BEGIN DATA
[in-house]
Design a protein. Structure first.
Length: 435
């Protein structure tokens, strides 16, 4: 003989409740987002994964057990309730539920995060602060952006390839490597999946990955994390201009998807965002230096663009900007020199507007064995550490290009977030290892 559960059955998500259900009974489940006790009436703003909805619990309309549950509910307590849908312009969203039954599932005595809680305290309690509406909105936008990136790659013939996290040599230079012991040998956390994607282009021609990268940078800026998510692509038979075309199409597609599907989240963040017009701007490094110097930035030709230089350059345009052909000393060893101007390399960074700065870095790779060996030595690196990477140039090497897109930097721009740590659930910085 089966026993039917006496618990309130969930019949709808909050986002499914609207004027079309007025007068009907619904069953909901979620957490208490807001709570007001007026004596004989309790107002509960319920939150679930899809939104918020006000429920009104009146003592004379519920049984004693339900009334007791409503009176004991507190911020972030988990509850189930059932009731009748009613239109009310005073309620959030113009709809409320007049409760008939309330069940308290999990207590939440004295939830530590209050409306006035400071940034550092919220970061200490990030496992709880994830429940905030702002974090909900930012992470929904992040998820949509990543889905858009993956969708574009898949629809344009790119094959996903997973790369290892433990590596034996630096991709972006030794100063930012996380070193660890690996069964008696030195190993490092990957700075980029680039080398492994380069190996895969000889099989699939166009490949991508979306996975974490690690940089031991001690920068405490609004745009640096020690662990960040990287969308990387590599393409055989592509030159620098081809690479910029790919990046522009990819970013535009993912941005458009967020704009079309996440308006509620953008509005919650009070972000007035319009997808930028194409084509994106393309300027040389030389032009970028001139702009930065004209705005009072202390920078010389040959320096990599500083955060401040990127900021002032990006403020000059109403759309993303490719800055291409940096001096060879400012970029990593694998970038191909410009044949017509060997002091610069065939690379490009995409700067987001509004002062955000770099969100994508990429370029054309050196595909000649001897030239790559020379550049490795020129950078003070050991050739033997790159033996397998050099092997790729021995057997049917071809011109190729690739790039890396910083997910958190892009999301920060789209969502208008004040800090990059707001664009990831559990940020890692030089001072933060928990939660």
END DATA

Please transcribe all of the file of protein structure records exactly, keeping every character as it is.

[in-house]
Design a protein. Structure first.
Length: 435
């Protein structure tokens, strides 16, 4: 003989409740987002994964057990309730539920995060602060952006390839490597999946990955994390201009998807965002230096663009900007020199507007064995550490290009977030290892 559960059955998500259900009974489940006790009436703003909805619990309309549950509910307590849908312009969203039954599932005595809680305290309690509406909105936008990136790659013939996290040599230079012991040998956390994607282009021609990268940078800026998510692509038979075309199409597609599907989240963040017009701007490094110097930035030709230089350059345009052909000393060893101007390399960074700065870095790779060996030595690196990477140039090497897109930097721009740590659930910085 089966026993039917006496618990309130969930019949709808909050986002499914609207004027079309007025007068009907619904069953909901979620957490208490807001709570007001007026004596004989309790107002509960319920939150679930899809939104918020006000429920009104009146003592004379519920049984004693339900009334007791409503009176004991507190911020972030988990509850189930059932009731009748009613239109009310005073309620959030113009709809409320007049409760008939309330069940308290999990207590939440004295939830530590209050409306006035400071940034550092919220970061200490990030496992709880994830429940905030702002974090909900930012992470929904992040998820949509990543889905858009993956969708574009898949629809344009790119094959996903997973790369290892433990590596034996630096991709972006030794100063930012996380070193660890690996069964008696030195190993490092990957700075980029680039080398492994380069190996895969000889099989699939166009490949991508979306996975974490690690940089031991001690920068405490609004745009640096020690662990960040990287969308990387590599393409055989592509030159620098081809690479910029790919990046522009990819970013535009993912941005458009967020704009079309996440308006509620953008509005919650009070972000007035319009997808930028194409084509994106393309300027040389030389032009970028001139702009930065004209705005009072202390920078010389040959320096990599500083955060401040990127900021002032990006403020000059109403759309993303490719800055291409940096001096060879400012970029990593694998970038191909410009044949017509060997002091610069065939690379490009995409700067987001509004002062955000770099969100994508990429370029054309050196595909000649001897030239790559020379550049490795020129950078003070050991050739033997790159033996397998050099092997790729021995057997049917071809011109190729690739790039890396910083997910958190892009999301920060789209969502208008004040800090990059707001664009990831559990940020890692030089001072933060928990939660």